The way Mother Teresa was brought to the notice of Muggeridge (and thereby the world) was thus: one day, in March 1968, he was rung at home in Robertsbridge in Surrey by Oliver Hunkin, the head of BBC television's religious affairs programme. Mr Hunkin asked him if he would be prepared to interview, for the BBC's Meeting Point series (a religious slot), an 'Indian nun' called Mother Teresa, who was then visiting London. It is unknown how Hunkin had heard of Mother Teresa, but of course, it was part of his job to keep abreast of various comings and goings in the city's religious community. Muggeridge was delighted with the offer, as, according to his biographer, 'from this time - the mid-Sixties - religion was to be Malcolm's theme to the exclusion of almost everything else.' The Pamela Berry affair was now over, although, only a few years back, he had brazenly toured the United States with Lady Berry in accompaniment, with his wife's knowledge.

When Hunkin rang Muggeridge in March 1968, the latter had just returned from a religious lecture and television tour of the United States. Muggeridge was by now a darling of the religious right of the United States. His intolerance and fanaticism were alienating him more and more from the British establishment, although British television producers liked him for his ability to provoke and instigate and thereby increase ratings. Only a few months back (in December 1967) he had provoked an interesting debate on television by attacking (from a Christian point of view), Dr Christiaan Barnard, the heart transplant pioneer.

If Muggeridge had lengthened his spring 1968 American tour only by a couple of weeks (as he sometimes had done on other occasions), Mother Teresa could well have remained an unknown nun for ever. He had, by now become so fanatical that many people in Britain, who had previously tolerated him as an endearing eccentric, were becoming a bit tired of him pronouncing ceaselessly about Christ, and against 'lechery' (a favourite Muggeridge word). Anthony Powell called him a 'hot-gospelling fanatic', and Bernard Levin said his was 'a deeply disturbed psyche' that was 'begging the world to stop trying to inflame his withered desires, lest the attempt prove successful!' 24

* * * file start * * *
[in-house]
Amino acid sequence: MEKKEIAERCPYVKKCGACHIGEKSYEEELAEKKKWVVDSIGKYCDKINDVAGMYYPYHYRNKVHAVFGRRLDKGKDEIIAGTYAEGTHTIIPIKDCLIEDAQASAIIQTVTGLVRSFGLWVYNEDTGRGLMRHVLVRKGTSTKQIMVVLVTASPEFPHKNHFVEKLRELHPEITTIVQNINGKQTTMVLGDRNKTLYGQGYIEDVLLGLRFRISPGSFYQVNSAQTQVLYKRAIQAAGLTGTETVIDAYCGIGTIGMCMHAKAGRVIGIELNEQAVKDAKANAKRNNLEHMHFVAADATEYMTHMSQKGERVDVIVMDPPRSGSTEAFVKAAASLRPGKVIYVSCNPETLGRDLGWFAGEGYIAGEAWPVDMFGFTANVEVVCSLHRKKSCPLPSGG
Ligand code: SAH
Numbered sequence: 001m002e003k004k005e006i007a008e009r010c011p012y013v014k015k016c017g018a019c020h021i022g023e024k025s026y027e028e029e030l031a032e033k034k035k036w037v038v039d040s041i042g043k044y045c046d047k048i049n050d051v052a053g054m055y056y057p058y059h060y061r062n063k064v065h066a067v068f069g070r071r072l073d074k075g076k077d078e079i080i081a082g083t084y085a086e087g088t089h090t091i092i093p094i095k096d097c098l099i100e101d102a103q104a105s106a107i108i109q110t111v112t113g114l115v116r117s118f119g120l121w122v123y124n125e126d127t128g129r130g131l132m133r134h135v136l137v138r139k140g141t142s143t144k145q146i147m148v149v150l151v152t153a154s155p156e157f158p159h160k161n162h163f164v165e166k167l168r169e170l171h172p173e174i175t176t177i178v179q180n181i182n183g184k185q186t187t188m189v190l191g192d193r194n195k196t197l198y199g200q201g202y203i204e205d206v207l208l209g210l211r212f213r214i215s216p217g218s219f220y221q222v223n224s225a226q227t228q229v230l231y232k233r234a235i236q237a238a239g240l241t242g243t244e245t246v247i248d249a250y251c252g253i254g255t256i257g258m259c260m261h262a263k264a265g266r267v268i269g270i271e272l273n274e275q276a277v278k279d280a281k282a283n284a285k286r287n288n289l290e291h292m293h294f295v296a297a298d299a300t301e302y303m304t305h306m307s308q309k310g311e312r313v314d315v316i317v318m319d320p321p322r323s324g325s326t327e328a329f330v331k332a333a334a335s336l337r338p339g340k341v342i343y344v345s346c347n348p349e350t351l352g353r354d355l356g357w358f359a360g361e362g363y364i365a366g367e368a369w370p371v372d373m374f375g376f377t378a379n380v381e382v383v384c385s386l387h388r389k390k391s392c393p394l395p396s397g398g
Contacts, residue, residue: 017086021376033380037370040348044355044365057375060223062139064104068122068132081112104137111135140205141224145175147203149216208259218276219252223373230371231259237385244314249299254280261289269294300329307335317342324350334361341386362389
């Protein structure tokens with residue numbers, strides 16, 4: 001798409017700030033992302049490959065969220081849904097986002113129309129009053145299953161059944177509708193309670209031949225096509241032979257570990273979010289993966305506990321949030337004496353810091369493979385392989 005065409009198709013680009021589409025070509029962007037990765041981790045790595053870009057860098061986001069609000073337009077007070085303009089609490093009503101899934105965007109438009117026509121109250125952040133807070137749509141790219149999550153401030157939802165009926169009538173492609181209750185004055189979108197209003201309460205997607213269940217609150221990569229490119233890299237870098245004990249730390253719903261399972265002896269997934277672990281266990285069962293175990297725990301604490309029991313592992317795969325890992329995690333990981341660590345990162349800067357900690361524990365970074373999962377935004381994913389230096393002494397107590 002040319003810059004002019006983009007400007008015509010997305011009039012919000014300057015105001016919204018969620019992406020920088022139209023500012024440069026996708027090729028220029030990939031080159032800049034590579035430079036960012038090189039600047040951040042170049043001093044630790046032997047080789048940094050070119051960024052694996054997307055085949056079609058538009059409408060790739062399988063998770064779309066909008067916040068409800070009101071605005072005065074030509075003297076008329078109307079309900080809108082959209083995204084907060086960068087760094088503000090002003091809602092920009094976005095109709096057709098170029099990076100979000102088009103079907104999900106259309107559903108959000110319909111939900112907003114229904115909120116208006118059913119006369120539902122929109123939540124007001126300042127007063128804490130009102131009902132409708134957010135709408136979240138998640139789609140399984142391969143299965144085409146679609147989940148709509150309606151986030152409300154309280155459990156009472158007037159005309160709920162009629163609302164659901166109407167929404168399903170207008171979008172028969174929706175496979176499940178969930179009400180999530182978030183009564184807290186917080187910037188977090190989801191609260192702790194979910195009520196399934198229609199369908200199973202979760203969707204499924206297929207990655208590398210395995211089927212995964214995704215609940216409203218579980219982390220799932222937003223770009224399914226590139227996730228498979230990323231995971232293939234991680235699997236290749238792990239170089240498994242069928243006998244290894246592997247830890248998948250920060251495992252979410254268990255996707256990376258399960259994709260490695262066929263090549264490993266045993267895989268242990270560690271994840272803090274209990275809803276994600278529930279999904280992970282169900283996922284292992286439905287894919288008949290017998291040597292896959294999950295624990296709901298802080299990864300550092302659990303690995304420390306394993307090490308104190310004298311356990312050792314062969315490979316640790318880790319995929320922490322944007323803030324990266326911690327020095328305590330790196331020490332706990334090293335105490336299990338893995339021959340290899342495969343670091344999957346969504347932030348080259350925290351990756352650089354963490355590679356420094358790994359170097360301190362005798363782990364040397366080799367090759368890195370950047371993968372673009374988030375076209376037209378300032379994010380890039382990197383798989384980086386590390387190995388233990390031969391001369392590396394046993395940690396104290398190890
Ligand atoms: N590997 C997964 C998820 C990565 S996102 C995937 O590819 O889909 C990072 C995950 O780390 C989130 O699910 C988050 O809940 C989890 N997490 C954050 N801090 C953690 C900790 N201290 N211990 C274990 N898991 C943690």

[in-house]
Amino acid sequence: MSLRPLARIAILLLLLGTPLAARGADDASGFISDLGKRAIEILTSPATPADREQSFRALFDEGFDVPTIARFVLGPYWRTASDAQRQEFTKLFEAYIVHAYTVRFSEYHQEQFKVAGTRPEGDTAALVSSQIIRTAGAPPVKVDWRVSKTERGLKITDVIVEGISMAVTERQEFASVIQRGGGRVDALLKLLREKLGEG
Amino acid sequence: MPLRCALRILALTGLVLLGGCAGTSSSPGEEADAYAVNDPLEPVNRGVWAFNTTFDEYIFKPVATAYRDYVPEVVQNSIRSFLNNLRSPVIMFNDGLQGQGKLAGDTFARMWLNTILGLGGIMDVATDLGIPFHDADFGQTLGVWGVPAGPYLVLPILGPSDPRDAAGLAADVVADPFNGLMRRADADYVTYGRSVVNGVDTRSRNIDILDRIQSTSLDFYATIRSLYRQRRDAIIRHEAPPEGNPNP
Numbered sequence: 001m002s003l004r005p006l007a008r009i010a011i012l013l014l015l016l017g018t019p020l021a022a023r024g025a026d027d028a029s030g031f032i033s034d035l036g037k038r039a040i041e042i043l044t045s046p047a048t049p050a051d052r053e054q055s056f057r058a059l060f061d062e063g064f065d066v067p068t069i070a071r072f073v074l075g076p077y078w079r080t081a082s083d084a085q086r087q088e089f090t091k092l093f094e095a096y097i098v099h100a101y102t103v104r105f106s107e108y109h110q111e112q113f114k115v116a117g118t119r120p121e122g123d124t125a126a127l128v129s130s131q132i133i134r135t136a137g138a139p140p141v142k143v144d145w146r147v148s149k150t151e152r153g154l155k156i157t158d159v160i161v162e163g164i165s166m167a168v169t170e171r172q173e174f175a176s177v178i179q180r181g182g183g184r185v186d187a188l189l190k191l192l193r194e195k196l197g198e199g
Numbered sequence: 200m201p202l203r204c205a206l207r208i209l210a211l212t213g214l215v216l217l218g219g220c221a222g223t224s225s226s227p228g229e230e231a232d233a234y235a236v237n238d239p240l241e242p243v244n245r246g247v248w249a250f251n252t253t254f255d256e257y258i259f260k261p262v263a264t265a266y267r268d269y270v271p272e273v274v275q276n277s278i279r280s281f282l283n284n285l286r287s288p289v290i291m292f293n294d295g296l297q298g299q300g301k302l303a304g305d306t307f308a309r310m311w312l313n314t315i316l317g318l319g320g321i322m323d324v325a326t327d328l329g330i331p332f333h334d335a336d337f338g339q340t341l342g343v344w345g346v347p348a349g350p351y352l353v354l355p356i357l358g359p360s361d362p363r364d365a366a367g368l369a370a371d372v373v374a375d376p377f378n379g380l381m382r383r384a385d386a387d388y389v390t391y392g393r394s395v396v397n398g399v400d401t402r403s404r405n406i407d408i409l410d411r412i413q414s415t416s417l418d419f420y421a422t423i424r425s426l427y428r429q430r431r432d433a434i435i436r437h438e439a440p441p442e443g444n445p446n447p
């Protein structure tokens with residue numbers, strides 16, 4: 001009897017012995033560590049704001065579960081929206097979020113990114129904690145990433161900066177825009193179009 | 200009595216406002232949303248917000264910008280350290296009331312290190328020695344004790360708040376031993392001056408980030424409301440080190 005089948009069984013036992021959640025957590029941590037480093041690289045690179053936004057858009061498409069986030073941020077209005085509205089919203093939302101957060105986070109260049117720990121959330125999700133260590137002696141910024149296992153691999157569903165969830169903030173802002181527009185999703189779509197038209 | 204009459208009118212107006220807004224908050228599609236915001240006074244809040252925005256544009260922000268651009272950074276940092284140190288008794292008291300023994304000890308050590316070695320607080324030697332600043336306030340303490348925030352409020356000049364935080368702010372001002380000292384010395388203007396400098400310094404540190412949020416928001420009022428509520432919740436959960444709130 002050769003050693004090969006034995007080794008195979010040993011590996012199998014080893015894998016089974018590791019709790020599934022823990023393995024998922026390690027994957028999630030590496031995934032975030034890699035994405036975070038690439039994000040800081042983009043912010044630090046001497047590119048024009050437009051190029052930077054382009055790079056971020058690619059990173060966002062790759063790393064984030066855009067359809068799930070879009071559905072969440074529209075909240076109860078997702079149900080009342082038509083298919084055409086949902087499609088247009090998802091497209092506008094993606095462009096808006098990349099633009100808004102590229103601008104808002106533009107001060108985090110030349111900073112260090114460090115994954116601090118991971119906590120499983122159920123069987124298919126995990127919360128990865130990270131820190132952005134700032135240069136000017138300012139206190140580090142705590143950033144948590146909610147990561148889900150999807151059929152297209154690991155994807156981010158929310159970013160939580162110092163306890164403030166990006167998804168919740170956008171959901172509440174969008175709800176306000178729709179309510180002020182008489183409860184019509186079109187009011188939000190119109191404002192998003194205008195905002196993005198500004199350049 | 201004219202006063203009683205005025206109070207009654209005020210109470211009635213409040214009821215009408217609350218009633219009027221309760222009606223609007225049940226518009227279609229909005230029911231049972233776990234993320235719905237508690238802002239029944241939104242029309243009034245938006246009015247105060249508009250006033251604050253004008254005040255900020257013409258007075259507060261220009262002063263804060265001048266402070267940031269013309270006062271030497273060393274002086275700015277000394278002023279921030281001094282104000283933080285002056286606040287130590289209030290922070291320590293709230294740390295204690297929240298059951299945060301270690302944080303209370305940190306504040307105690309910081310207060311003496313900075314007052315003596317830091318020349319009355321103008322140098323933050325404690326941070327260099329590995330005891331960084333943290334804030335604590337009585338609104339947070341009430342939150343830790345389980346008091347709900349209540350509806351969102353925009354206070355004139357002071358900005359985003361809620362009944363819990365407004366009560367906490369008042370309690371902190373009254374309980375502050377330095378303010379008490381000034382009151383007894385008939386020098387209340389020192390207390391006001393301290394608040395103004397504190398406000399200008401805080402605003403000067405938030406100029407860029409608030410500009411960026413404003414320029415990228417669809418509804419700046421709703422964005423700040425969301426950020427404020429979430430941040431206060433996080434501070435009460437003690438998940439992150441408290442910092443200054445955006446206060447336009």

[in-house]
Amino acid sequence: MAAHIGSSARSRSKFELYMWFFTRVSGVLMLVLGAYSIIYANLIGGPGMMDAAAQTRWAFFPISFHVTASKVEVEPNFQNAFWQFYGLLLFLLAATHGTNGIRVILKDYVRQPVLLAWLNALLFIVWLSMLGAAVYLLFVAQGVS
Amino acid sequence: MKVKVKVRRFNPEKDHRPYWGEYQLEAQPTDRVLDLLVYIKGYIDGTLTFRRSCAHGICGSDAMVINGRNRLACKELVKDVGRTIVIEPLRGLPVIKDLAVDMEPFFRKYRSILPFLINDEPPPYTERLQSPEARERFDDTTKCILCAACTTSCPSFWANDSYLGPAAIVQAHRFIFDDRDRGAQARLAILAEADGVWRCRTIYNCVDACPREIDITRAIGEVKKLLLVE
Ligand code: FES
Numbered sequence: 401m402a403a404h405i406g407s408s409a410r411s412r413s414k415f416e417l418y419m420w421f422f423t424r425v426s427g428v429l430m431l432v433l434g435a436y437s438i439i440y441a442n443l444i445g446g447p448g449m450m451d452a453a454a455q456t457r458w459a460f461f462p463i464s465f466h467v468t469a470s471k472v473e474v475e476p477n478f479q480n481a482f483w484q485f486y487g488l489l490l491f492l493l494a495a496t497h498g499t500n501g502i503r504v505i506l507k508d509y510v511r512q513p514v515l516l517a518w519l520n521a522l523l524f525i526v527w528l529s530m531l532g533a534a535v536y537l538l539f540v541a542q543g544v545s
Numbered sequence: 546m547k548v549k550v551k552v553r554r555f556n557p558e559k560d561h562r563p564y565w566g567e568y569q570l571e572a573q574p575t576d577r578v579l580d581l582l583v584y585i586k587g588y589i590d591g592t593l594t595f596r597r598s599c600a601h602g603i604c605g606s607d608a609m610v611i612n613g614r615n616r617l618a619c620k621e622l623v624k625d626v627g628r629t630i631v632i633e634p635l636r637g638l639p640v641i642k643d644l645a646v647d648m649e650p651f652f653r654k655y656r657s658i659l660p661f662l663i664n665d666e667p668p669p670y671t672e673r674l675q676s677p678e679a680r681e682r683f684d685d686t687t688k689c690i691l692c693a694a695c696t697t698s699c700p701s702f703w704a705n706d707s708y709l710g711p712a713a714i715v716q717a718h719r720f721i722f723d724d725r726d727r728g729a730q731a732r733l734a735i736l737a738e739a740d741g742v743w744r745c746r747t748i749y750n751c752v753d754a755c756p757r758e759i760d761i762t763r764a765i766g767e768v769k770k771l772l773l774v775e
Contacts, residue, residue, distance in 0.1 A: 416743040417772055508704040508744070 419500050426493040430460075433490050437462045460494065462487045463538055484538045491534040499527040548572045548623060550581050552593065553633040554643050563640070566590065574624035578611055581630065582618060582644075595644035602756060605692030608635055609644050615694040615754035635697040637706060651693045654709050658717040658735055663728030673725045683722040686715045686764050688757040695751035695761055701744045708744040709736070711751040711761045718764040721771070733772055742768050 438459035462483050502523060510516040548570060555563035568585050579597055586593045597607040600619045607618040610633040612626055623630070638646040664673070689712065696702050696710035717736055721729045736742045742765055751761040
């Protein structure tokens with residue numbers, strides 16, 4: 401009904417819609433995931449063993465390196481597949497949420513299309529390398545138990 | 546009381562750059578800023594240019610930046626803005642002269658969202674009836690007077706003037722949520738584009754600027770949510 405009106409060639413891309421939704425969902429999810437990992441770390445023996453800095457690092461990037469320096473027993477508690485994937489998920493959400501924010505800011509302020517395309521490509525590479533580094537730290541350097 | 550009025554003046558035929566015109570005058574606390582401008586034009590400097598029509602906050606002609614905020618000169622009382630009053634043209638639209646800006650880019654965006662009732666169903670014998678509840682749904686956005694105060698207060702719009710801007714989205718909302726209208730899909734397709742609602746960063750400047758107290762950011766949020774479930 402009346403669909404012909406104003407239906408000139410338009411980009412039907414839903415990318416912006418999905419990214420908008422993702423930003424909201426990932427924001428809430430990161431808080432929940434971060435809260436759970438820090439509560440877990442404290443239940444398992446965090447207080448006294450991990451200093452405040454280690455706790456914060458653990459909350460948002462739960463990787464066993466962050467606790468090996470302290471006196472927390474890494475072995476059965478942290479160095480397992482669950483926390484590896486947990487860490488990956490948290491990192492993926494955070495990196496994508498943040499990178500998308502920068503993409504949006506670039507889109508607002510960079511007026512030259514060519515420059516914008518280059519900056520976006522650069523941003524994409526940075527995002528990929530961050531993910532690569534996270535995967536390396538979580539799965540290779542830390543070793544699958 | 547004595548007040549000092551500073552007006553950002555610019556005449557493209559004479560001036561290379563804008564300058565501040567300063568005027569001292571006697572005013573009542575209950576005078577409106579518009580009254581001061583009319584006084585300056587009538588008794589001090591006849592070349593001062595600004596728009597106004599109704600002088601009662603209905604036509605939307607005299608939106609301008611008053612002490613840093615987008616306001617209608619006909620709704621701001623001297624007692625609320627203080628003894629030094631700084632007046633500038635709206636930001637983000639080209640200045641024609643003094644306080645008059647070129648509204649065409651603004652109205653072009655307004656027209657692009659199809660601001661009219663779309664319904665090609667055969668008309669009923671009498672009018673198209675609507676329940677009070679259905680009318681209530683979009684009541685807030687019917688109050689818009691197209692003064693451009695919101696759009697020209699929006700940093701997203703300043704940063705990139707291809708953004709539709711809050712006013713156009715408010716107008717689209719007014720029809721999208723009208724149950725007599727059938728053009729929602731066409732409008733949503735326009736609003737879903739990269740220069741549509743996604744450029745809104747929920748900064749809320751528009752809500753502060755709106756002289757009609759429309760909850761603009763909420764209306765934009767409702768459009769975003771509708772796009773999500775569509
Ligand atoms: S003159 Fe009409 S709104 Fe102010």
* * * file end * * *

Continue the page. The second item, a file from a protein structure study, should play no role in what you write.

The beginning of 1968 was also a time when Muggeridge was nursing his wounds from the humiliation he had suffered at the hand of the students of Edinburgh University. The previous year he had been elected the Rector of the university, and in his opening speech he started off with, 'When birth control pills are handed out with free orange juice...' etc. He tried to ban the prescription of oral contraceptive pills by the university's health board, and a major row erupted between him and the students' union. He refused to back down, declaring, in his usual vein, 'It's Christ or nothing.' 'Nothing', it seems, won in the end, and he was forced to resign. However, when it came to pronouncing Anglo-Christian supremacy, 'birth control appliances' and promiscuity were yardsticks of 'civilisation', according to the same Muggeridge: when he wrote about Mother Teresa's work with orphans in Calcutta only four years after he had resigned his rectorship, he said:

Middle-class Indian girls and youths, emulating the civilised West, are beginning to be promiscuous, and, not having yet advanced to the point of civilisation when birth control appliances and abortions are easily available, are liable to produce unwanted children...26

This was a rather strange comment, as Muggeridge never approved of promiscuity and birth control, even in the 'civilised' races - except, of course, for himself - but it does betray his entrenched white supremacist view of life.

For a good few years before 1968, Muggeridge the person, but more importantly, Muggeridge the television presenter, was looking for a Christian person who would be ideal for his tastes - who would be steeped in the most orthodox brand of Christianity accepting the gospel as not only the literal but the only truth; who would have an unqualified and uncompromising view on abortion and contraception; and also, more significantly, who would be 'simple', i.e. not intellectual, who would put faith above thought or education. In Mother Teresa, he found all these qualities, plus others, which endeared him even more to the nun. The concept of the 'simpleton saint' appeals to a particular brand of Christians, and Muggeridge was delighted that he found that Mother Teresa was 'not particularly clever', and he lucidly explained his viewpoint thus: